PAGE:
Our February 2016 cover story incorrectly stated that the hearing officer’s recommendations in the East Maui interim instream flow standards (IIFS) contested case hearing was expected early this year, when, in fact, those... READ MORE
With the announcement of the closure of A&B’s sugar plantation on Maui, the last in the state, the question arises: what is to become of the millions of gallons of water diverted each day to irrigate the crop? The proffered solution – diversified agriculture – will likely be not nearly so thirsty, freeing up a large measure of the water to return to the streams whence it comes.
Yet A&B so far has been unwilling to relinquish control over the majority of the water from East Maui streams, which it continues to divert thanks to a last-ditch effort by the Board of Land and Natural Resources to avoid the difficulties that would result from revoking A&B’s permits to take the water. In our cover story, Teresa Dawson ably takes on the challenge of explaining all this.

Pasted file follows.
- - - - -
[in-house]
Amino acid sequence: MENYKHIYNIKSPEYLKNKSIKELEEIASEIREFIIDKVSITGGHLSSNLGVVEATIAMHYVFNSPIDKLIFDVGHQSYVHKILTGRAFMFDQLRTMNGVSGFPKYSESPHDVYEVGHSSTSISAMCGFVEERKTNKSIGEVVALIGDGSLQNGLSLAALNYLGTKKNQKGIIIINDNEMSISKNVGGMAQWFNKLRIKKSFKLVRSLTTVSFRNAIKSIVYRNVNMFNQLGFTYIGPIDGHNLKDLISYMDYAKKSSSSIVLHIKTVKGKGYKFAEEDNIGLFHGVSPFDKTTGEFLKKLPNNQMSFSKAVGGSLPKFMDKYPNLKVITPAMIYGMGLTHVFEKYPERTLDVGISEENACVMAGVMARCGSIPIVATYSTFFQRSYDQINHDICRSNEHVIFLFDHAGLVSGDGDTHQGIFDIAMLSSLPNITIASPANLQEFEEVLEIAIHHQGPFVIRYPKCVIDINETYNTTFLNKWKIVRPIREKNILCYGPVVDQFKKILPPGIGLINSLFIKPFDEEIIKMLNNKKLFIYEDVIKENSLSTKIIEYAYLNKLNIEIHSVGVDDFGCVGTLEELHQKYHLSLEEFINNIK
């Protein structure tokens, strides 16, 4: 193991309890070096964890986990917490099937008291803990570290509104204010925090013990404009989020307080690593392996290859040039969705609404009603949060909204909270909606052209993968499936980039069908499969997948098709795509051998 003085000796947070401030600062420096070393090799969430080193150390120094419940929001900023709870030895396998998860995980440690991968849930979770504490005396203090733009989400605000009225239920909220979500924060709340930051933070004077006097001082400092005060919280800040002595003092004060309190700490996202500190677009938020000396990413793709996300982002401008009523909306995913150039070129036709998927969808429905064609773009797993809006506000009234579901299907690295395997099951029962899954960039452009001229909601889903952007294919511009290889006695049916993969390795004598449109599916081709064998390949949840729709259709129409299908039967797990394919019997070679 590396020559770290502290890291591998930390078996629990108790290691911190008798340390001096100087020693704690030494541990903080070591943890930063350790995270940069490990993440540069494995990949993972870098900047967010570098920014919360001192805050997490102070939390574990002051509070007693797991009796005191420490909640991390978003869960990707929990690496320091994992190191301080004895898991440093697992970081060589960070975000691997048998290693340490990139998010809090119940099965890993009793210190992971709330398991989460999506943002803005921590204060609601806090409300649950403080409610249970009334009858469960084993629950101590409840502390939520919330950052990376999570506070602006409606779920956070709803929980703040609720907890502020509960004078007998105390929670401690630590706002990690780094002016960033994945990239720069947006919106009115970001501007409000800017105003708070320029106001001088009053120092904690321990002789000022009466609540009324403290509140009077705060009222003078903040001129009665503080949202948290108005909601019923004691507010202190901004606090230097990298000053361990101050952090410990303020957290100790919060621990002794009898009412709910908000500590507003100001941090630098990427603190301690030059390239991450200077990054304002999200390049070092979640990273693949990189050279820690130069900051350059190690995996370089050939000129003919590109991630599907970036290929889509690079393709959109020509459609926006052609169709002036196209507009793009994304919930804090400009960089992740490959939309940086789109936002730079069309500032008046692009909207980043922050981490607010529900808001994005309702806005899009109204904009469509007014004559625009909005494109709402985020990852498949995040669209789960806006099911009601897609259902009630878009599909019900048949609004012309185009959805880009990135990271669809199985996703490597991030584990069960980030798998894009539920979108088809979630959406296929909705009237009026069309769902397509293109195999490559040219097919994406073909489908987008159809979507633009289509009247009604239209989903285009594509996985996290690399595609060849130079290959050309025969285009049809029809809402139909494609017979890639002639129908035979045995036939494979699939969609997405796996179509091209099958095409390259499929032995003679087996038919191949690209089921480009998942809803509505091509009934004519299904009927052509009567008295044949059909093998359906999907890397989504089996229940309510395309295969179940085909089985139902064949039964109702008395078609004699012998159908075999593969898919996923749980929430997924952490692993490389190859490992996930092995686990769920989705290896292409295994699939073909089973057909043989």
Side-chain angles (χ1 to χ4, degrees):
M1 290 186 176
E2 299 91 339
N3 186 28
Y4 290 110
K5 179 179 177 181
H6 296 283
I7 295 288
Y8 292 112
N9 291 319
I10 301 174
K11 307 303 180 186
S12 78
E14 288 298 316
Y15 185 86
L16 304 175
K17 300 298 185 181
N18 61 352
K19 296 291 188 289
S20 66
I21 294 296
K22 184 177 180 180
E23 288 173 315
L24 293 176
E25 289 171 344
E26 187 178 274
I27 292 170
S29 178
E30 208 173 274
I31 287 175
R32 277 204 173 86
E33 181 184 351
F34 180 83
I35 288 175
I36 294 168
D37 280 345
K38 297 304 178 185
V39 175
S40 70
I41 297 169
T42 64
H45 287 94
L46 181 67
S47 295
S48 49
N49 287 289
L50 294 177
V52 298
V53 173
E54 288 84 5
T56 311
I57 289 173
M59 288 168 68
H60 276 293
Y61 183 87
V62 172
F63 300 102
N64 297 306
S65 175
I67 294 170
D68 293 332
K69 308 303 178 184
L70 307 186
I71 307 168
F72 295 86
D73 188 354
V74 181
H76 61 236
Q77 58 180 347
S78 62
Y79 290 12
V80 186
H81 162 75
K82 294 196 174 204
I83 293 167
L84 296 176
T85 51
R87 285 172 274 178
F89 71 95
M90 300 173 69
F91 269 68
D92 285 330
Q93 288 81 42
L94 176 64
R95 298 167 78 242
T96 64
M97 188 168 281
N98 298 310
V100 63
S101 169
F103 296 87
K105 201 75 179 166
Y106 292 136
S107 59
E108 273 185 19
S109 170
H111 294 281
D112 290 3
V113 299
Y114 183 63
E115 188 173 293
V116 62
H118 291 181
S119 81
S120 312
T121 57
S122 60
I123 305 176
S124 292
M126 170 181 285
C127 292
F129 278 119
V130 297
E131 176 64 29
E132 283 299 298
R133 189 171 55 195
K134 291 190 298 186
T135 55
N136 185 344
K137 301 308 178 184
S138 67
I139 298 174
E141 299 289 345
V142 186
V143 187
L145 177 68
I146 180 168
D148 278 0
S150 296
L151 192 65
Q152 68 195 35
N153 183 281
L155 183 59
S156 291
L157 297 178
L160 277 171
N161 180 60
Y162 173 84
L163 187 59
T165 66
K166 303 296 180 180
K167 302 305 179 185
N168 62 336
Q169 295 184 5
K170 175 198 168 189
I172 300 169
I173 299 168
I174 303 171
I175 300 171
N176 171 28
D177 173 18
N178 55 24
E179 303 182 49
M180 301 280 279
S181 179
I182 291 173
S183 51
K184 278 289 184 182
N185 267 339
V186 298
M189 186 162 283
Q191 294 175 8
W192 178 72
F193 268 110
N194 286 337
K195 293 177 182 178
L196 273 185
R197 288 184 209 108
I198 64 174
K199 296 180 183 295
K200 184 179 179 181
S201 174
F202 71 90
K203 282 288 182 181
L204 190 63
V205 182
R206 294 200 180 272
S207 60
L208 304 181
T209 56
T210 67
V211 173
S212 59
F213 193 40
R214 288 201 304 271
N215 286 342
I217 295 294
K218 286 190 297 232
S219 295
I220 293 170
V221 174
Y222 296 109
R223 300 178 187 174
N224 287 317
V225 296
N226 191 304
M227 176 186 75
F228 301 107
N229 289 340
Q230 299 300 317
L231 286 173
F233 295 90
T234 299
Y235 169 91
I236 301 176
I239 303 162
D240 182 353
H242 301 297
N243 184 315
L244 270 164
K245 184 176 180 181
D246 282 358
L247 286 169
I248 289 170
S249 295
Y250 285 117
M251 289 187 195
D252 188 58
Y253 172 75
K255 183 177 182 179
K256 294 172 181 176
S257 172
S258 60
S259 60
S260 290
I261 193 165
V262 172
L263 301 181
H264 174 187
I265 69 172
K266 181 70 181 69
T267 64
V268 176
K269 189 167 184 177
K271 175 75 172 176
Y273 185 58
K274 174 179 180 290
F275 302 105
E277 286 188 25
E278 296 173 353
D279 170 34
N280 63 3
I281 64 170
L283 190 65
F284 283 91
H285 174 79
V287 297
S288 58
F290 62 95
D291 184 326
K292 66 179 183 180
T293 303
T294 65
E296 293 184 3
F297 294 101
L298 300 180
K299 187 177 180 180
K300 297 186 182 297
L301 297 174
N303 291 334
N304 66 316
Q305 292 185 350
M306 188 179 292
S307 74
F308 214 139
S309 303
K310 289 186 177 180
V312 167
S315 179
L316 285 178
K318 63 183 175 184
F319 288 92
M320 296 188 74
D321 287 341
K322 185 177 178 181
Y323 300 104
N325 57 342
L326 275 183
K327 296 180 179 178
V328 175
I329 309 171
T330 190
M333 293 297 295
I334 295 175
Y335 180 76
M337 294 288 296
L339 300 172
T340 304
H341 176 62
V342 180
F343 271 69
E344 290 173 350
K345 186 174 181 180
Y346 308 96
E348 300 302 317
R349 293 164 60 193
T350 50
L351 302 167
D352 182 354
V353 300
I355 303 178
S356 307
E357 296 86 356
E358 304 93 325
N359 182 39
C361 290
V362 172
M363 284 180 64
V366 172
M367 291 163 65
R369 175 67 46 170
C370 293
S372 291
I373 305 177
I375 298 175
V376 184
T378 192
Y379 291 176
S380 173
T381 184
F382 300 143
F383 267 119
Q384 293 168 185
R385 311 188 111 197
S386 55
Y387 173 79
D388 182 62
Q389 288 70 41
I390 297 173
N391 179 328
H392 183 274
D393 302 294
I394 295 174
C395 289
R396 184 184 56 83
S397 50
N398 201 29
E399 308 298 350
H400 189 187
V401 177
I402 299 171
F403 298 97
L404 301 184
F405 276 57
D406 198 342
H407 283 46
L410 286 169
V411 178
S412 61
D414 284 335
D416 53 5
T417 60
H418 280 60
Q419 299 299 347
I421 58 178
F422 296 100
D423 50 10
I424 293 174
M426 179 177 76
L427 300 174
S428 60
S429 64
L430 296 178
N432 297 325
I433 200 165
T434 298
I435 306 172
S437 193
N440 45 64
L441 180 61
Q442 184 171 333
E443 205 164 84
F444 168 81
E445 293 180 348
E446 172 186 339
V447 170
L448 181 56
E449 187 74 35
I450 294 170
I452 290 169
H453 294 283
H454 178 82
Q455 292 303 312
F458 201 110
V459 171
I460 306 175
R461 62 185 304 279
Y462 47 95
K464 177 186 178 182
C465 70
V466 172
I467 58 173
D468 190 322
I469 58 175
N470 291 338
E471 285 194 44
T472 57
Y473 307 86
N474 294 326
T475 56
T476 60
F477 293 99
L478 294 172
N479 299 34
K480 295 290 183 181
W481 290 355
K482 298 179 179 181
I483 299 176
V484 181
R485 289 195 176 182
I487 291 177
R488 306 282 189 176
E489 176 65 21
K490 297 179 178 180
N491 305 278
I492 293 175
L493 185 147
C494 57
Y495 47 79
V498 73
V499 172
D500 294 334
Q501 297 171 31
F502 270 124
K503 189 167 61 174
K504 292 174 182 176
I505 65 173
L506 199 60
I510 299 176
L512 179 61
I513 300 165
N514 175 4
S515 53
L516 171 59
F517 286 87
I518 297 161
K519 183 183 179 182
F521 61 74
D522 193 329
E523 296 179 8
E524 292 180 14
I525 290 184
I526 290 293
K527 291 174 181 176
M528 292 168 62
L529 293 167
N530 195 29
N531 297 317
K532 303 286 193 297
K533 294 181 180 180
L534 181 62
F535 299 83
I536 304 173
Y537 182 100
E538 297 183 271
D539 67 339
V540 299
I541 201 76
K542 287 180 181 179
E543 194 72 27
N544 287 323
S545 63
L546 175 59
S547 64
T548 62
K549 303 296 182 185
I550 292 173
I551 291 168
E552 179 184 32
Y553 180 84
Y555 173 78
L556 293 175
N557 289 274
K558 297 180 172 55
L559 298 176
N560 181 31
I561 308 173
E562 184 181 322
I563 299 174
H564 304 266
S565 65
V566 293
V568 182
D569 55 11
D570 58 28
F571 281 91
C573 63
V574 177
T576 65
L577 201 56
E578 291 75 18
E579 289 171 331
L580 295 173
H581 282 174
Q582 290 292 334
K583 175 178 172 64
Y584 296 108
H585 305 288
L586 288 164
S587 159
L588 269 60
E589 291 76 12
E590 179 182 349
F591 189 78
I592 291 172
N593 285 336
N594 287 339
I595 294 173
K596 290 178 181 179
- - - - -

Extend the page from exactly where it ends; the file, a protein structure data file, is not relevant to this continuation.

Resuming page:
Another case in the courts – this one directed at the several companies involved
in efforts to restore a koa forest on the Hamakua Coast of the Big Island – is described in an article by Patricia Tummons.
Wrapping up the issue are highlights of recent Land Board action and a summation of the threats to oceanic whitetip sharks, recently proposed for listing under the Endangered Species Act.